Thumbtack is a service that offers to introduce consumers with professionals. You can compare professionals. You can look at reviews. You can get price estimates. And, according to their website, you can “Hire the right pro.” What kind of pros?
Well, there are lawyers:
And there are pet care professionals:
And there are clowns:
And lots of other professionals. 3.31 million pages worth of content and professionals are currently indexed by Google.
Thumbtack has (or had) a lot of website traffic.
In fact, according to Alexa, they are roughly a top 1,000 website in the US, and top 3,869 globally. And they’ve raised a lot of money as well. According to Crunchbase, they raised $148.2 Million in 5 rounds of funding from some very smart sources of funding, including Tiger, Sequoia, and Google Capital.
But even with Google Capital as an investor, Thumbtack was not immune from the consequences of trying to game Google’s system.
We’ve been saying it for years, and for years it has been the truth. Selling or buying links on websites is against Google’s guidelines, as is obtaining “unnatural links.” It can result in a site being decimated, including manual removal, by Google, from Google’s index.
According to Searchengineland, Thumbtack’s co-founder confirmed that they received a manual action from Google.
Lawyers (presumably along with many pet care professionals and party clowns) have been induced by Thumbtack to add the unnatural links which presumably contributed to the manual penalty. The inducement? 10 points.
What is 10 points? Well, in lawyer-speak, it’s consideration. Consideration that is against Google’s guidelines.
So when Thumbtack got hammered by Google, they went into damage-control mode. Here’s an email that they sent to a LawLytics customer who had participated in the kerfuffle (he didn’t ask us, as we would have tried to talk him out of it).
So they revoked the 10 points! And now they are asking that the attorney remove the link, or add a “nofollow” attribute to it (which nullifies the ill-gotten benefit to Thumbtack).
This is dangerous. It’s irresponsible. It was against this attorney’s best interest to add the link in the first place.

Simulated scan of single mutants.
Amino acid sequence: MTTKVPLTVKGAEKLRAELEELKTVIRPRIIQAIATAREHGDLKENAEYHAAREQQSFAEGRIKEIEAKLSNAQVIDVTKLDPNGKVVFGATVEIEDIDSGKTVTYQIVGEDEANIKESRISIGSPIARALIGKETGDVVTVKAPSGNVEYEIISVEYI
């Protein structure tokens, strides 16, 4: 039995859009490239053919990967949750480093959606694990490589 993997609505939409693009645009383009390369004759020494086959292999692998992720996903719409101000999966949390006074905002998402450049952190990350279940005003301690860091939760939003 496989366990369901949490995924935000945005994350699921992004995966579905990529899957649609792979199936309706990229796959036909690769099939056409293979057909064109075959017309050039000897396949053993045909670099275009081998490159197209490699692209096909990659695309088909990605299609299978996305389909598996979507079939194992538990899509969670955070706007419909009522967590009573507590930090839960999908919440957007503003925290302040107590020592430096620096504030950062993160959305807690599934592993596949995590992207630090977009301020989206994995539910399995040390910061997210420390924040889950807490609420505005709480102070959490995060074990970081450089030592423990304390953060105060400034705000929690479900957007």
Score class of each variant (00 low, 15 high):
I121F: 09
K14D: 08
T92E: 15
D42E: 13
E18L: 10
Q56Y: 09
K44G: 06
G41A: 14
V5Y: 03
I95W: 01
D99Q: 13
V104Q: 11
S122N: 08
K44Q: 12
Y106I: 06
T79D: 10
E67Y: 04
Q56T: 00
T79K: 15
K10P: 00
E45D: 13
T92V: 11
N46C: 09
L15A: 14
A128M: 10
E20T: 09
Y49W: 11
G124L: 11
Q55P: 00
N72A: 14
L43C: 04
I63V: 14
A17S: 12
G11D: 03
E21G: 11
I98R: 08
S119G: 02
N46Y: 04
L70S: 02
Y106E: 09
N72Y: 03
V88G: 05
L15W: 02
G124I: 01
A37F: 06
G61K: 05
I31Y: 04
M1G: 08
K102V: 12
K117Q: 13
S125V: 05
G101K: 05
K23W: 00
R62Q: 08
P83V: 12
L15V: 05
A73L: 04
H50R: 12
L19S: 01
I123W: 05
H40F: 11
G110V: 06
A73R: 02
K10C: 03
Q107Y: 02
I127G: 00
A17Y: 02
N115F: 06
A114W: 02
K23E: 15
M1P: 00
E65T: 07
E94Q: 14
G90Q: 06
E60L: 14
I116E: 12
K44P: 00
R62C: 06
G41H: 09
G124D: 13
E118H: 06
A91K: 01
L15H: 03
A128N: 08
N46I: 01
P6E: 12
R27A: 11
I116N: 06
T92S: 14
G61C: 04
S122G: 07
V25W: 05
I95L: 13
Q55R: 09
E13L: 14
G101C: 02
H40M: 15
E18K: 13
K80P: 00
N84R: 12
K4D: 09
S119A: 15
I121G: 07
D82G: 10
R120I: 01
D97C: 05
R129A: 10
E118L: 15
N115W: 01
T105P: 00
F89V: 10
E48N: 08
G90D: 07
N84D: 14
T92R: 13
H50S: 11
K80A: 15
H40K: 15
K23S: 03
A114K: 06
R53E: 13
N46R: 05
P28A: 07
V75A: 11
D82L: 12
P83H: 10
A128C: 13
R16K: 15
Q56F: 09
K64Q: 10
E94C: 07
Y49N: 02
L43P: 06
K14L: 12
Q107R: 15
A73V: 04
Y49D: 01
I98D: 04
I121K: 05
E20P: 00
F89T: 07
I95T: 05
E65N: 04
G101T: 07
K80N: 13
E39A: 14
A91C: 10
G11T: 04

All this leads me to make a few points, using this as an example:
Point One: Google is serious about unnatural links
Contrary to what the guy who cold-calls your office pretending to work for Google tells you, the links that he is offering to get you are not good. And yes, the lawyer SEO bloggers who talk about building links using directories (such as Thumbtack) are also wrong. Very wrong.
If the tactics don’t work for a Google Capital backed company, they probably aren’t going to work for some dude who spends his days cold-calling attorneys, or and SEO blogger.
When somebody tries to sell you “link building” in the name of “SEO” it is ALWAYS in your best interest to say no. Why? You are paying somebody to get links for you. It’s the consideration that matters. And Google is smarter than the “SEO” guy you are paying, and eventually they will turn over the rock he is hiding under, and you’ll be implicated and punished.
Point Two: Just because they’re big doesn’t mean they’re right
Google penalized a well-funded company. A company that Google Capital bet on, and presumably believes in.
Think about the many legal directories that give out awards to attorneys and induce them to display the awards on their websites. The awards usually contain links back to the legal directory. Ask yourself… is placing the link on your website the consideration for the award? Is it the other way around? Is there value exchanged? If so, no matter how ubiquitous the online legal directory, attorneys should start thinking about the potential consequences.
Point Three: Don’t give into the commoditization of lawyers
I’ve written about declining lawyer happiness, and the commoditization of lawyers extensively. That lawyers participate in Thumbtack and risk their own web presence for 10 points shows me that we have an uphill battle. It’s not that lawyers want to be treated like shelved goods (or party clowns). It’s that business has gotten more competitive, and it’s easier to join the race to the bottom than it is to become a thought leader and rise to the top (as Google’s guidelines clearly ask us to do, and reward us for doing).
The best way for lawyers to avoid being commoditized is to be aware that it’s happening, and question every new piece of technology, every sales pitch, every gimmick. Apply critical thought to business and marketing decisions. Do your research, and plan ahead. Do this, and when that rock under which the bad actors are hiding is inevitably overturned, you’re practice will be in a better position to thrive because your competition will be that much thinner.